From soothing streams in central Ohio and sea spray off waves breaking in the Galapagos Islands, to unflinching images that capture the horror of the Holocaust, Marty Kalb’s paintings and drawings expertly depict both the tranquil and the tumultuous.
The Delaware resident and retired Ohio Wesleyan University professor will exhibit a carefully selected collection of his lifetime’s work in his upcoming “Marty Kalb Retrospective,” which will be on display from Aug. 18 to Oct. 8 at the university’s Richard M. Ross Art Museum, 60 S. Sandusky St.
Kalb’s artistic career began with what colleagues have called a “fervent interest in figurative painting,” creating works featuring “a strong representational figural element with an experimental abstract expressionist background.”
Next, Kalb began to create mixed-media pieces that combined aluminum beams and canvas. Over time, he eliminated the beams but continued to use strong lines in his abstract creations to command the attention of viewers.
Travels with his family and his interest in providing unique information to his students also influenced the artist. Kalb took photographs for the slide library of OWU’s Department of Fine Arts and started creating both realistic and abstract landscapes to capture the essence of the places he visited. These included, among many others, Monet’s gardens at Giverny, France, and sites in the Eastern United States that influenced the Hudson River School of 19th century American artists.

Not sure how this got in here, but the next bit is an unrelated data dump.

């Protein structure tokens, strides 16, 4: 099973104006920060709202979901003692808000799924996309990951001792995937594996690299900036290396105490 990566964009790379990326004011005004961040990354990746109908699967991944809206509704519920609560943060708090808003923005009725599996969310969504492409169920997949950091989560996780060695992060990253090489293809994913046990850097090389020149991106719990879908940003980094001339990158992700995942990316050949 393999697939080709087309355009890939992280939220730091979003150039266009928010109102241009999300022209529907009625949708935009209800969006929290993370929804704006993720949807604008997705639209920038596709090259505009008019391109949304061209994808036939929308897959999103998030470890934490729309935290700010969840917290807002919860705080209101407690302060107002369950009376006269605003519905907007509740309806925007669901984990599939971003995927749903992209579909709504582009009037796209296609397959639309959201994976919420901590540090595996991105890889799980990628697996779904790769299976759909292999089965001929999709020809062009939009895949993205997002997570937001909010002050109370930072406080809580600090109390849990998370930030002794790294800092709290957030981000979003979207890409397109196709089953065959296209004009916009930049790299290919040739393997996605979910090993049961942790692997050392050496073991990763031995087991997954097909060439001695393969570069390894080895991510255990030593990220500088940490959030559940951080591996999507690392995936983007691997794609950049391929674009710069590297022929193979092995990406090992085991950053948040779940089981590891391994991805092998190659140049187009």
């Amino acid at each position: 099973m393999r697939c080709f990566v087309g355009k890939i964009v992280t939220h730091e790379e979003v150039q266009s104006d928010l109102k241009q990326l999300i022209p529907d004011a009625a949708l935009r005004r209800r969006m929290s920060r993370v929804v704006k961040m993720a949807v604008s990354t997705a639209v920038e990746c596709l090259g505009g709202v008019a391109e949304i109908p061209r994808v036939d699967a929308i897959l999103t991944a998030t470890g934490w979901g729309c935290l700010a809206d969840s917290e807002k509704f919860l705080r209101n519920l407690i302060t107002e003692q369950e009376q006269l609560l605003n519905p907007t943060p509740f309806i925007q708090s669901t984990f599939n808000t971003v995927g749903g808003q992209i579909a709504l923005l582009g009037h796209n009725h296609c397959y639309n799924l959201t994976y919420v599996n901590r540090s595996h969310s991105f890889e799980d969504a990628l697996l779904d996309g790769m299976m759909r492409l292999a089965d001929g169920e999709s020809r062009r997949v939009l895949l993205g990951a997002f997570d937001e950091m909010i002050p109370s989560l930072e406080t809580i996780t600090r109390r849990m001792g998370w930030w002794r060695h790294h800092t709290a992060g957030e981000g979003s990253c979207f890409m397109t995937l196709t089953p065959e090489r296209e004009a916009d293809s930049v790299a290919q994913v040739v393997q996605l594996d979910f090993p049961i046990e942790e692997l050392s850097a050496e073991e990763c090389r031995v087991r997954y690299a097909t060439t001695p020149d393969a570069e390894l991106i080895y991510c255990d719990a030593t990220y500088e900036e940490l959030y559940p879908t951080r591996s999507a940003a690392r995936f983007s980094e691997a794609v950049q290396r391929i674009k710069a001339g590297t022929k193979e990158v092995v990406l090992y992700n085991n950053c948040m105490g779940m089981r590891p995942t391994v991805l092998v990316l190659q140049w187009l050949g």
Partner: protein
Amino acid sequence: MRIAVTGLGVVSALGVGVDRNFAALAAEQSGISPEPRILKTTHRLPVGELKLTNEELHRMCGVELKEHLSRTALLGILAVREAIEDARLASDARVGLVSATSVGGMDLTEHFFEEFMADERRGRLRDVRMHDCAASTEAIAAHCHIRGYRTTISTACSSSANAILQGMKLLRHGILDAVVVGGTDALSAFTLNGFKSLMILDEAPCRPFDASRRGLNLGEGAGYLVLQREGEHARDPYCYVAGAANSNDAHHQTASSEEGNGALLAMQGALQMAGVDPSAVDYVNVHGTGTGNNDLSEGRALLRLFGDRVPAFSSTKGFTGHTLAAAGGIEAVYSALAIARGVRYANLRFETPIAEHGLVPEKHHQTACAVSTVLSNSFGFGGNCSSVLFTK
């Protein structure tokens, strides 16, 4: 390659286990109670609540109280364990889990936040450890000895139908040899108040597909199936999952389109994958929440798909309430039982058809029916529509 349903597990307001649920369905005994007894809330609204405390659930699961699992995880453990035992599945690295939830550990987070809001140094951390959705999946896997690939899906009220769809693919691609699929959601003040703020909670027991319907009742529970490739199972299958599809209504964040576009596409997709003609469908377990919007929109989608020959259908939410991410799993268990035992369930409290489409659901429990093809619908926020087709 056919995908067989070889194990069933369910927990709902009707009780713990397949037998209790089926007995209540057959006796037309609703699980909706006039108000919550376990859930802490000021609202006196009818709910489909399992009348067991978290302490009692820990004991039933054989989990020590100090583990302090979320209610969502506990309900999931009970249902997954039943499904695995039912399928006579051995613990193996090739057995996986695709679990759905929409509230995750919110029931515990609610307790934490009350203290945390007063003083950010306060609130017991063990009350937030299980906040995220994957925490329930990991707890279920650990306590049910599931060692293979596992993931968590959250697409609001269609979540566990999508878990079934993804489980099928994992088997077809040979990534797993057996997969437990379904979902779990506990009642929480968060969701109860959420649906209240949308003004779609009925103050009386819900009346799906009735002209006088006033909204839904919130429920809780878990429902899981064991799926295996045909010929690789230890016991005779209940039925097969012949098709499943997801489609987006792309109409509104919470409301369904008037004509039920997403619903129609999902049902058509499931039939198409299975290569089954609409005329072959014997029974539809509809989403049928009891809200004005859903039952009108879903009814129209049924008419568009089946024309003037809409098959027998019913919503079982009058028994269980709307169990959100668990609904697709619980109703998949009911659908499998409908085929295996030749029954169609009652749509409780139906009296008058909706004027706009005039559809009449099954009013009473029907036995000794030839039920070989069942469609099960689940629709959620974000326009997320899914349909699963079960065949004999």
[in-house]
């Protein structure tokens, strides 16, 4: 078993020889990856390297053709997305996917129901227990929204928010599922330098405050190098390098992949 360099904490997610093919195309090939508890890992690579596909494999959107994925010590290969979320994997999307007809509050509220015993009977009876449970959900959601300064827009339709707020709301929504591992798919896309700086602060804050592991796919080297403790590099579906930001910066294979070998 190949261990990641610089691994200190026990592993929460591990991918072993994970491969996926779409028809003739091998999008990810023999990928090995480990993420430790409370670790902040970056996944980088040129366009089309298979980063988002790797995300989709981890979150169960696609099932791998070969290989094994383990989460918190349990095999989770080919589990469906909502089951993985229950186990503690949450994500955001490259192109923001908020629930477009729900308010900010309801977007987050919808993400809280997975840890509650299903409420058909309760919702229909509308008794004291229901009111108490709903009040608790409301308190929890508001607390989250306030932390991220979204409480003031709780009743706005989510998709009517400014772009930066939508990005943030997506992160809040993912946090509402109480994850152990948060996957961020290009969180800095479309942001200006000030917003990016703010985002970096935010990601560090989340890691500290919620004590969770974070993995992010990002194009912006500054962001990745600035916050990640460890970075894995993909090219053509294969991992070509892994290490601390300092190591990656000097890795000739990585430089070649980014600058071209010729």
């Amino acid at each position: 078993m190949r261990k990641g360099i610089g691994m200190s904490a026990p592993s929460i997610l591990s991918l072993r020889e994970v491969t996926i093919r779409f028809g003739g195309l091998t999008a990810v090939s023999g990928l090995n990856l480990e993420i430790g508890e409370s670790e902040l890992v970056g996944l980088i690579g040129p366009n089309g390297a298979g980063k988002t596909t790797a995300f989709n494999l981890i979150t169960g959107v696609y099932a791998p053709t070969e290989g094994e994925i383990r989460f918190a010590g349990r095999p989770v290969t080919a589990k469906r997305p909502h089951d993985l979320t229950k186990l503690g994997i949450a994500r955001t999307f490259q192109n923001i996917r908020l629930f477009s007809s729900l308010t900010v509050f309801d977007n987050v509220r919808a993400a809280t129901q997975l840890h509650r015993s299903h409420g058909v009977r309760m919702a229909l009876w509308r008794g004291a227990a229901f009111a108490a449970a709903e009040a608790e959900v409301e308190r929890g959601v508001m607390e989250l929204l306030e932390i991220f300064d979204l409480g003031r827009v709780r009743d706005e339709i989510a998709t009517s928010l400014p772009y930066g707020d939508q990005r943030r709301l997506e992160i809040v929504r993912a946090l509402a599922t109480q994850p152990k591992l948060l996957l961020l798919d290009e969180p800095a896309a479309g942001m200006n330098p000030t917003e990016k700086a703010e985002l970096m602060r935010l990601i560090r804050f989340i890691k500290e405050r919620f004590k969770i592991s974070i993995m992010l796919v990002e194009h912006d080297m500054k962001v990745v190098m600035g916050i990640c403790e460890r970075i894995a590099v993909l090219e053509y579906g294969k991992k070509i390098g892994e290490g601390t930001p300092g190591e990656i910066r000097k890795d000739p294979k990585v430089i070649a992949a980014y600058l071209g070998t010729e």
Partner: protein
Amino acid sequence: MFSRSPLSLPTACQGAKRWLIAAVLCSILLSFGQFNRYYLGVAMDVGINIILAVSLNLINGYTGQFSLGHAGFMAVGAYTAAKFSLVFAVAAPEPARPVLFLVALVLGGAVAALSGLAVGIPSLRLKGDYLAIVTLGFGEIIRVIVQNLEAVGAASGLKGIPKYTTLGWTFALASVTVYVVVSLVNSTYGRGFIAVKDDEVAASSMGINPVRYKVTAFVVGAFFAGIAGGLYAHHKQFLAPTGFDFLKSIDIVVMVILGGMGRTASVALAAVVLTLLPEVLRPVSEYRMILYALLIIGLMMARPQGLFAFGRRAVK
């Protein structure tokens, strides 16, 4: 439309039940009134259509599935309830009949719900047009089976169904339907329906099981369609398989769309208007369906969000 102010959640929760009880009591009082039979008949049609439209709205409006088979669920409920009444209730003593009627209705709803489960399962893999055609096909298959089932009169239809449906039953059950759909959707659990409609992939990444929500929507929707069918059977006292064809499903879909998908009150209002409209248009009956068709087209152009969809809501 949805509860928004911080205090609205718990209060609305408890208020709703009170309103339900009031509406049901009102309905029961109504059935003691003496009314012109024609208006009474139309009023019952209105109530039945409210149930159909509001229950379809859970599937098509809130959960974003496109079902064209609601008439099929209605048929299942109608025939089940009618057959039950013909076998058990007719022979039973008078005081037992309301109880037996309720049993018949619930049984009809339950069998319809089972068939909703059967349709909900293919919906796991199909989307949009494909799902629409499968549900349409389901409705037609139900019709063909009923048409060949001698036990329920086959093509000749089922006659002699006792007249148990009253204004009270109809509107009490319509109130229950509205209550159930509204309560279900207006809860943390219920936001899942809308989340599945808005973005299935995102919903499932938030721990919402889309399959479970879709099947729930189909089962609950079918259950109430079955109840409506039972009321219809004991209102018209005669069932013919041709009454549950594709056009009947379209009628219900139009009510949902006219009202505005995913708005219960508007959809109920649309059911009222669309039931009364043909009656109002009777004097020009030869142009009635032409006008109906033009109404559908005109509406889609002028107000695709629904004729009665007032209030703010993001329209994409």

The artwork resulting from his research was a 10-year series of abstract works that Kalb called “Land & Sky.” His recent work continues to be influenced by trips to the Caribbean, Greece, and Asia. This body of work explores his interest in realistically depicting the contrast between force and serenity experienced when viewing waterfalls and ocean waves.
Kalb’s work turned from the sublime to the serious when he began to depict images of the Holocaust in his art, forcing viewers to remember the mass murders of more than 6 million European Jews and others under Adolf Hitler’s Nazi regime.
Of his powerful “Holocaust Series,” Kalb states: “Art cannot successfully compete with political power. It can however act as a moral compass, and it does create an expressive, emotional record of a culture’s social and political attitudes. … If we are ever to have a more humane society, people must finally and fully accept the truth that prejudice and militarism result in gore not glory. Each of us can, in some way, make a contribution toward decreasing prejudice in our communities and in some cases the world at large. As an artist and teacher, I use my work to play a small part in that quest.”
Kalb taught painting, drawing, and modern art history at Ohio Wesleyan from 1967 to 2007. During that time, he was honored with the university’s Daniel E. Anderson Campus and Community Conscience Award in 2004 and the Bishop Herbert Welch Meritorious Teaching Award in 2007. His artwork is represented in numerous major museums in the United States and abroad.
Learn more about Kalb and see examples of his artwork at www.martykalb.com. Learn more about Ohio Wesleyan’s Department of Fine Arts at www.owu.edu/finearts.
During the academic year, the Ross Art Museum is open Tuesday, Wednesday, and Friday from 10 a.m. to 5 p.m.; Thursday from 10 a.m. to 9 p.m.; and Sunday from 1 p.m. to 5 p.m. The museum is handicap-accessible and admission is always free. For information, call 740-368-3606 or visit www.owu.edu/ross.